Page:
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In situ origin of deep rooting lineages of mitochondrial Macrohaplogroup 'M' in India

Kumarasamy Thangaraj1*, Gyaneshwer Chaubey12, Vijay Kumar Singh1, Ayyasamy Vanniarajan1, Ismail Thanseem1, Alla G Reddy1 and Lalji Singh1*

Author Affiliations

1 Centre for Cellular and Molecular Biology, Hyderabad-500 007, India

2 Department of Evolutionary Biology, Institute of Molecular and Cell Biology, University of Tartu and Estonian Biocentre, Tartu, Estonia

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BMC Genomics 2006, 7:151  doi:10.1186/1471-2164-7-151

Published: 15 June 2006



Macrohaplogroups 'M' and 'N' have evolved almost in parallel from a founder haplogroup L3. Macrohaplogroup N in India has already been defined in previous studies and recently the macrohaplogroup M among the Indian populations has been characterized. In this study, we attempted to reconstruct and re-evaluate the phylogeny of Macrohaplogroup M, which harbors more than 60% of the Indian mtDNA lineage, and to shed light on the origin of its deep rooting haplogroups.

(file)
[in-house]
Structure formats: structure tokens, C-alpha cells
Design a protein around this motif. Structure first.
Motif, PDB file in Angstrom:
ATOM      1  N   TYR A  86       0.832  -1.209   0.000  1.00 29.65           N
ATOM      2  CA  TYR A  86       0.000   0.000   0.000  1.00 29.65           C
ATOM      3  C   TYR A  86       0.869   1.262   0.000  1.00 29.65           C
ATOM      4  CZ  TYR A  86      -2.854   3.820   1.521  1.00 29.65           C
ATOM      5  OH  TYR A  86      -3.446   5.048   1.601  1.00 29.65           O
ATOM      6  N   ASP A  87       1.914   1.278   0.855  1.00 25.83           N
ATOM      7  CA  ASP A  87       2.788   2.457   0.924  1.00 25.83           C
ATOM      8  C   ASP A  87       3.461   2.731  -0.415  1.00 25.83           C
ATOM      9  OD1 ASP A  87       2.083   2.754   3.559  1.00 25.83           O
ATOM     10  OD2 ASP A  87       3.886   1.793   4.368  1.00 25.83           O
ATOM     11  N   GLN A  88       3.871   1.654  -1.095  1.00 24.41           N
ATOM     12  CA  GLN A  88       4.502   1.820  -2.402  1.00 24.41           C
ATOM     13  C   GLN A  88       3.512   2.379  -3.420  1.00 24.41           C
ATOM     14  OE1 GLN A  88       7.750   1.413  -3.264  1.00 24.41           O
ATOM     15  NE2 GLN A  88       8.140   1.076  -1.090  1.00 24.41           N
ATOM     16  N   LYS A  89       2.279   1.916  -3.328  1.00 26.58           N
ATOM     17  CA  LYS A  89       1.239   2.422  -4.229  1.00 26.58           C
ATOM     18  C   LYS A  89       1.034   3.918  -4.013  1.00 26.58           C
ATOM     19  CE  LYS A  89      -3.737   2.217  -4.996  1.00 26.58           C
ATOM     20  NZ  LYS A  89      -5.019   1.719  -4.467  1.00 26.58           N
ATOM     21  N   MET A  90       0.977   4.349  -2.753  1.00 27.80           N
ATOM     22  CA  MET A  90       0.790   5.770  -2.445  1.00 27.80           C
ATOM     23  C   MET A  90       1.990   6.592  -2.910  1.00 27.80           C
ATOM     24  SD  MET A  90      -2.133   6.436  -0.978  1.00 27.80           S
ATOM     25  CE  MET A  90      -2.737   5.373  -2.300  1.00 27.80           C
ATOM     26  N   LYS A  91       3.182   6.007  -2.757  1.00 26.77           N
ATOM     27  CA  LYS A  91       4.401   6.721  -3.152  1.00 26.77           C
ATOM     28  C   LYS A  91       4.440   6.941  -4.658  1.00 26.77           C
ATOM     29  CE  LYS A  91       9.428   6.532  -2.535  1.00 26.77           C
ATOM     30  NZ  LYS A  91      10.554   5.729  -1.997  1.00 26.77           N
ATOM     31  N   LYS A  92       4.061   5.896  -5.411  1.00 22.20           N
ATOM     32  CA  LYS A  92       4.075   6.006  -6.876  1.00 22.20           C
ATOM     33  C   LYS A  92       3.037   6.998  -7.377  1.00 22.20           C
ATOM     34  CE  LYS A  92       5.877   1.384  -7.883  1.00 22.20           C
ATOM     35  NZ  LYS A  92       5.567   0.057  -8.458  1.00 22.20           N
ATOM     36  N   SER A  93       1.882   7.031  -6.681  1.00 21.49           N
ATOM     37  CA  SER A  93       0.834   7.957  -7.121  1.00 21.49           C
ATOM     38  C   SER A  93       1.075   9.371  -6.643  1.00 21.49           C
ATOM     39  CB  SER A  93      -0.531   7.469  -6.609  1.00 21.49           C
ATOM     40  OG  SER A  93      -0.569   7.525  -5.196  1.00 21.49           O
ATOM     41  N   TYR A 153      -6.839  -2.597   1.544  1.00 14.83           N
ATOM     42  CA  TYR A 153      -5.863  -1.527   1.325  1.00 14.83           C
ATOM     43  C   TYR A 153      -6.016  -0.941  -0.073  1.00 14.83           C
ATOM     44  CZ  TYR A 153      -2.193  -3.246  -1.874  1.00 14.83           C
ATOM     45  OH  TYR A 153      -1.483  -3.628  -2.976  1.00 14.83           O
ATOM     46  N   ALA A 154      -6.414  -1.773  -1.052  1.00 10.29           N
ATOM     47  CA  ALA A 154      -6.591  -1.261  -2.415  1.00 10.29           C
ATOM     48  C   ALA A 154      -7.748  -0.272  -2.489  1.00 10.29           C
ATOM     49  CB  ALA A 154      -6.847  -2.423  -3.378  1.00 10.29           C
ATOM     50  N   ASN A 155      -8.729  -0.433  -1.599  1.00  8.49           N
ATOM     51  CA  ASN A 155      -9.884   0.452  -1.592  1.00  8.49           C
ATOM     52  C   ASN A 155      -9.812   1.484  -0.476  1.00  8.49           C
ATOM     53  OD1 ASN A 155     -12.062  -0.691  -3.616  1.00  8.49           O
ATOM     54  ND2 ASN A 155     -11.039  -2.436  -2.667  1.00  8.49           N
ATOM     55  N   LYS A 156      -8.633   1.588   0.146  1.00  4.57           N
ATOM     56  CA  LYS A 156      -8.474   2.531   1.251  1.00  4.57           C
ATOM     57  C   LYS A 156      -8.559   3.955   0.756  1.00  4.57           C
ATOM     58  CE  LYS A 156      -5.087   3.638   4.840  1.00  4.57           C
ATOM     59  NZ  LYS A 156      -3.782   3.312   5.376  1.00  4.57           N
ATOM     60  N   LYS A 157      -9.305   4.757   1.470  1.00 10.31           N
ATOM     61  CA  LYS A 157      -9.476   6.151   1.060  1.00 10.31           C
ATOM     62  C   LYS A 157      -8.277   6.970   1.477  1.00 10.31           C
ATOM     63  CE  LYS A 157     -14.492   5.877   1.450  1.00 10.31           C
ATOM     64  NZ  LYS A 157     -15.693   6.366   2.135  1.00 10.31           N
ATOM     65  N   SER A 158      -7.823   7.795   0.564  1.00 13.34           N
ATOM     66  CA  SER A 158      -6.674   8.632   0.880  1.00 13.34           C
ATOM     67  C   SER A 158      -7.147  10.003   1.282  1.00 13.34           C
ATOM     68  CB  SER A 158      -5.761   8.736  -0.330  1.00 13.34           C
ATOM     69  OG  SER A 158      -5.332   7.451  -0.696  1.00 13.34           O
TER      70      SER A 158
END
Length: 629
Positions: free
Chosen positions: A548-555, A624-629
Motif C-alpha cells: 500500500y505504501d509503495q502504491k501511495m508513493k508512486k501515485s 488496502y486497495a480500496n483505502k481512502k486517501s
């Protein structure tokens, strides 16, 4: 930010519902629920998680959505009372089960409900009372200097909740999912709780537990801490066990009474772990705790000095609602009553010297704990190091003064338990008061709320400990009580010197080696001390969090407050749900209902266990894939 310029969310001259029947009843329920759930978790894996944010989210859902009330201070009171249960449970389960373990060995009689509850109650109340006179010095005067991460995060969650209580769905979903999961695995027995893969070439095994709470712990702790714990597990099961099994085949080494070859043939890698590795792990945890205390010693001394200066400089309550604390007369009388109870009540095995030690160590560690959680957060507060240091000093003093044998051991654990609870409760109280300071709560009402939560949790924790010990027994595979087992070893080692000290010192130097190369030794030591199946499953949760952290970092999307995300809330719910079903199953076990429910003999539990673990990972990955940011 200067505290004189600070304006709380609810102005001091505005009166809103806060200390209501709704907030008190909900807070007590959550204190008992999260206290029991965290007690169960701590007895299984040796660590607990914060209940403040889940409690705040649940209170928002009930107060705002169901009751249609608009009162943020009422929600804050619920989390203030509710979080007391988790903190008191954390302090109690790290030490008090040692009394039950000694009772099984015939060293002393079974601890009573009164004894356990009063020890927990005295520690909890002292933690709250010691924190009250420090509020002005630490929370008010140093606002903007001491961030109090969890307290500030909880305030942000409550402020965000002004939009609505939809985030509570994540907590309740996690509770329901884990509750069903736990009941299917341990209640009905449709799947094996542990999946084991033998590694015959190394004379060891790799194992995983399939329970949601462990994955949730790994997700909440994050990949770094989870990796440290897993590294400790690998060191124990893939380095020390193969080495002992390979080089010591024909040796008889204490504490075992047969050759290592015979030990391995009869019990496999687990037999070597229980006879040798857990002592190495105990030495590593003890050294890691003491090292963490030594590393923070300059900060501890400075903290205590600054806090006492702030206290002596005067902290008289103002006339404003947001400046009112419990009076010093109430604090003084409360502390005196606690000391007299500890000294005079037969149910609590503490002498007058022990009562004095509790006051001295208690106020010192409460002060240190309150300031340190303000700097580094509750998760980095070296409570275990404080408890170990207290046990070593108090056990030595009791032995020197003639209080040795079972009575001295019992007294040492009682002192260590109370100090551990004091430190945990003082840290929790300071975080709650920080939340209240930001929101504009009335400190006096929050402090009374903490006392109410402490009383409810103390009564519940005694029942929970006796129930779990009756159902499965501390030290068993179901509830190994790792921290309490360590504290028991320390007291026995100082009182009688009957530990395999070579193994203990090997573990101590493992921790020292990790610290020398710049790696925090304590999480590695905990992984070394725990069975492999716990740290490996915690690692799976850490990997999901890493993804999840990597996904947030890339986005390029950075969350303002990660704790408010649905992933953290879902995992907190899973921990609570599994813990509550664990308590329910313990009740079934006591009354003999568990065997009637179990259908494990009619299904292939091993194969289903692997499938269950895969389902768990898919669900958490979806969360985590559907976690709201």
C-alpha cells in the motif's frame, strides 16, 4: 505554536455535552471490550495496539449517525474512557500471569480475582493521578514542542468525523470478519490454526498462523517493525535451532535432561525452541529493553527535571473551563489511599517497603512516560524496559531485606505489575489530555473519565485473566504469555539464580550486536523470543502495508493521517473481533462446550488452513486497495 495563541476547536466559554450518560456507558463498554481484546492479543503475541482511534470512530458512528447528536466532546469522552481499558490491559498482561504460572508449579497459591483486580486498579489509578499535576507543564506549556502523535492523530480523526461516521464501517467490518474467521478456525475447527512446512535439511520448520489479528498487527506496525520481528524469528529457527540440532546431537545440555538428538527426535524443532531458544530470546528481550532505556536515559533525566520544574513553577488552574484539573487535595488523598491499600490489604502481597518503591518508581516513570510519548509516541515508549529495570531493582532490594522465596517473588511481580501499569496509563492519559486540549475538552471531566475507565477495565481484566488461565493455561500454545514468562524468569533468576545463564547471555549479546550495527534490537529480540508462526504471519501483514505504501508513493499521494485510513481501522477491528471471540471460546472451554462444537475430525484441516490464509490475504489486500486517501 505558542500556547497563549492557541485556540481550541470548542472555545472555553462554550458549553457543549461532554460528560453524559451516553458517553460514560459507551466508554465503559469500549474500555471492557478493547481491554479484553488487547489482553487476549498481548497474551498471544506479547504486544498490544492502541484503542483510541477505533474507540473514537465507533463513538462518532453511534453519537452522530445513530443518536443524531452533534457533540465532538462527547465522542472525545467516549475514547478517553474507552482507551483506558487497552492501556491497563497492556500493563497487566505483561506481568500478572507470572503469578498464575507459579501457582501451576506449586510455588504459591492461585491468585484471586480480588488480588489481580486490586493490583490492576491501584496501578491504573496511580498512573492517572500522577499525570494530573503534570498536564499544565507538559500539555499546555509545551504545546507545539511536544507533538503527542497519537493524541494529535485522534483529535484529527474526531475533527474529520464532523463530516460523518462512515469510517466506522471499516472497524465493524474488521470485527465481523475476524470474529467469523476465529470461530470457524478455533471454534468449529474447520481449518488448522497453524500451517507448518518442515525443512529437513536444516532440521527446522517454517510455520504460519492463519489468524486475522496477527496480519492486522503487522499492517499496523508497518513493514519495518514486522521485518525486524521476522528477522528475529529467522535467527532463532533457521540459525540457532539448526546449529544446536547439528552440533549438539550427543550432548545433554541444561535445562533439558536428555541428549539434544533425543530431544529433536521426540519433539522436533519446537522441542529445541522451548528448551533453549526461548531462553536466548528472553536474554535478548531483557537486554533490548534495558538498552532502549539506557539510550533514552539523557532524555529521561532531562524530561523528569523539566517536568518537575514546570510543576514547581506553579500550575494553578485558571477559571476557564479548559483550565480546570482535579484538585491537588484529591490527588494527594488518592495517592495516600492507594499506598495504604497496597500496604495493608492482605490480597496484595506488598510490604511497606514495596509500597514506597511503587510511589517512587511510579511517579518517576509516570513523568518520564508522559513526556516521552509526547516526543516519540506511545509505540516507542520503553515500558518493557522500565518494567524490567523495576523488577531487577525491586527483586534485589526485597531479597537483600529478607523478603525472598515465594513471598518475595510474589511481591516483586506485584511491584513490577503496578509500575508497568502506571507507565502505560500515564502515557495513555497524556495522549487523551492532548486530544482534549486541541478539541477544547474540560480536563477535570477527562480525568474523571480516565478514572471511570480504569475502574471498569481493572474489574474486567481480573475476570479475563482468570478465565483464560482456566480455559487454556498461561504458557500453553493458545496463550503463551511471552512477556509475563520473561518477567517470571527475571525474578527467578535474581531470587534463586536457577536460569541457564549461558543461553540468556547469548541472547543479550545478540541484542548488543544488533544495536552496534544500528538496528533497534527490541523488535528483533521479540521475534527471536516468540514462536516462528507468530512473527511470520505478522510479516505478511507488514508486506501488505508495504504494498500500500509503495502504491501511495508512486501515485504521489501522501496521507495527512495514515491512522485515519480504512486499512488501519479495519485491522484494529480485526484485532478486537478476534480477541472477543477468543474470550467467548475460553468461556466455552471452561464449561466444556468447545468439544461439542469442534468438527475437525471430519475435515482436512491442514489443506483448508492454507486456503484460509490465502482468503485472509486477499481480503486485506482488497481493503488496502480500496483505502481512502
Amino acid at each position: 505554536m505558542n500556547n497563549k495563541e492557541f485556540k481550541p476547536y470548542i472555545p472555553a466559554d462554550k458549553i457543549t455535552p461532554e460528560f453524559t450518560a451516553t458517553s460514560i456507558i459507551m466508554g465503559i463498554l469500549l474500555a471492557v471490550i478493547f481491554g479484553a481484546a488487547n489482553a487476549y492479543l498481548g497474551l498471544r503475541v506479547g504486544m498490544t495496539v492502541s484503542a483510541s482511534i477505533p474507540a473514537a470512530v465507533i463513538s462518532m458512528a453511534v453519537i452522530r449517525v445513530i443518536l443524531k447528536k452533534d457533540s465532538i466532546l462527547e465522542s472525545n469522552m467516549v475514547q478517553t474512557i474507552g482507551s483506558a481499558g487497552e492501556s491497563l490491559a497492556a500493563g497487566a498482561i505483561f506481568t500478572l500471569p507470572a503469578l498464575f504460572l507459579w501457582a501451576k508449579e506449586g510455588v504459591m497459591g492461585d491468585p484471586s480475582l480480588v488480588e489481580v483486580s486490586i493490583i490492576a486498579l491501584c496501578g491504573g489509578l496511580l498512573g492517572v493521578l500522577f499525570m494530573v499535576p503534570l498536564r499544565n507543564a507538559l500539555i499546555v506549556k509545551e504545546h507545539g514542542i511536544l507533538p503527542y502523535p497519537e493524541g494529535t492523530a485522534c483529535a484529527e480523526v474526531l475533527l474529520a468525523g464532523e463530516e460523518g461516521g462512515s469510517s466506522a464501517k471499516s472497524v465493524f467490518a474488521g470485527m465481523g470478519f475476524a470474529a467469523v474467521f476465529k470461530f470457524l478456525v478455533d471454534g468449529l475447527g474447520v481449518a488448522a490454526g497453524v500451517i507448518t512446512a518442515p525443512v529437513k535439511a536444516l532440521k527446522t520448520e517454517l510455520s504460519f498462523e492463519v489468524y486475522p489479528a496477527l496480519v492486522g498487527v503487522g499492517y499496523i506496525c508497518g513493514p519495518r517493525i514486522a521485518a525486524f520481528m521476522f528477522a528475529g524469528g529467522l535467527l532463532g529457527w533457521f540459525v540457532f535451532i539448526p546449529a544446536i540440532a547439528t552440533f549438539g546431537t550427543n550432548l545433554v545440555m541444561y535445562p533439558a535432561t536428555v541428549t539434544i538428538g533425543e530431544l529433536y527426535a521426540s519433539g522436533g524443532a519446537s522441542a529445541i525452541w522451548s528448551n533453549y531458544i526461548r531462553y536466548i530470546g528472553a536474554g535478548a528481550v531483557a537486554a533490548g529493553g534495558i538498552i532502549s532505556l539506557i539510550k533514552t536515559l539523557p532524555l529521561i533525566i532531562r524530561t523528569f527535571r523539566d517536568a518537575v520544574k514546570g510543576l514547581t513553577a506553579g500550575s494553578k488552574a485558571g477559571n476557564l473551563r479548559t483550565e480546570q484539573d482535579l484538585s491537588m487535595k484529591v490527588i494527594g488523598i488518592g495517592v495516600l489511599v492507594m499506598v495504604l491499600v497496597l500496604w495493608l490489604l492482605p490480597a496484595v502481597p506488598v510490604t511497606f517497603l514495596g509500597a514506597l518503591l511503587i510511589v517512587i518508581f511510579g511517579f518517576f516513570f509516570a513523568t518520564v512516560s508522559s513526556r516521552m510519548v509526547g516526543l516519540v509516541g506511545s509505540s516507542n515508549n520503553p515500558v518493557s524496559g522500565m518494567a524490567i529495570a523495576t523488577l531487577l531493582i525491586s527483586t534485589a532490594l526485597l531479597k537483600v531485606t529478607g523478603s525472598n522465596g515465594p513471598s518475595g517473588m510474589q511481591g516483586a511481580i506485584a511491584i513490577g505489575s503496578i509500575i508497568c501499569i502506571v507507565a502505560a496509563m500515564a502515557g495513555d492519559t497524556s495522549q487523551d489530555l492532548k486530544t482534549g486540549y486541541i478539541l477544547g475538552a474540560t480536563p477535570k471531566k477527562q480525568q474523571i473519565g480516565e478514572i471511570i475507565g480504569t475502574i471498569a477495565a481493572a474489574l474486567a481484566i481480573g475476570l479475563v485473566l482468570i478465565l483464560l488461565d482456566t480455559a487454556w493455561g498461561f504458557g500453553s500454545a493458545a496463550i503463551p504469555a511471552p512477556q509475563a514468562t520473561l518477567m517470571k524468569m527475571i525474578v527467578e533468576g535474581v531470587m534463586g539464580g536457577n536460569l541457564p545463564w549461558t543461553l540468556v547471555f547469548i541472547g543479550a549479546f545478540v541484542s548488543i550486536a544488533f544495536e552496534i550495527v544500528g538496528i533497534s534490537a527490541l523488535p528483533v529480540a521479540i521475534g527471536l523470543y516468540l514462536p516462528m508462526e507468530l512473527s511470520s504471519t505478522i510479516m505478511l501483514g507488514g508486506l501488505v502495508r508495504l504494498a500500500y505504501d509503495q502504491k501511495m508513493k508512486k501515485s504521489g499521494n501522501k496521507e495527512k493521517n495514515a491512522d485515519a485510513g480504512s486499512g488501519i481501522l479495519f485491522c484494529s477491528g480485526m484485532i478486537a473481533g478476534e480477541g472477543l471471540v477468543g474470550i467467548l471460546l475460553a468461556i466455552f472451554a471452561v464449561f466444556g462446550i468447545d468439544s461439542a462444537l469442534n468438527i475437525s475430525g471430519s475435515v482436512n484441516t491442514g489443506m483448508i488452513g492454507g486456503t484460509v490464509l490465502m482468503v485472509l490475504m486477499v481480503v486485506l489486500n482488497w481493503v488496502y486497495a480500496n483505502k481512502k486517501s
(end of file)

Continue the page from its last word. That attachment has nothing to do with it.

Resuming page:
Using 11 whole mtDNA and 2231 partial coding sequence of Indian M lineage selected from 8670 HVS1 sequences across India, we have reconstructed the tree including Andamanese-specific lineage M31 and calculated the time depth of all the nodes. We defined one novel haplogroup M41, and revised the classification of haplogroups M3, M18, and M31.


Our result indicates that the Indian mtDNA pool consists of several deep rooting lineages of macrohaplogroup 'M' suggesting in-situ origin of these haplogroups in South Asia, most likely in the India. These deep rooting lineages are not language specific and spread over all the language groups in India. Moreover, our reanalysis of the Andamanese-specific lineage M31 suggests population specific two clear-cut subclades (M31a1 and M31a2). Onge and Jarwa share M31a1 branch while M31a2 clade is present in only Great Andamanese individuals. Overall our study supported the one wave, rapid dispersal theory of modern humans along the Asian coast.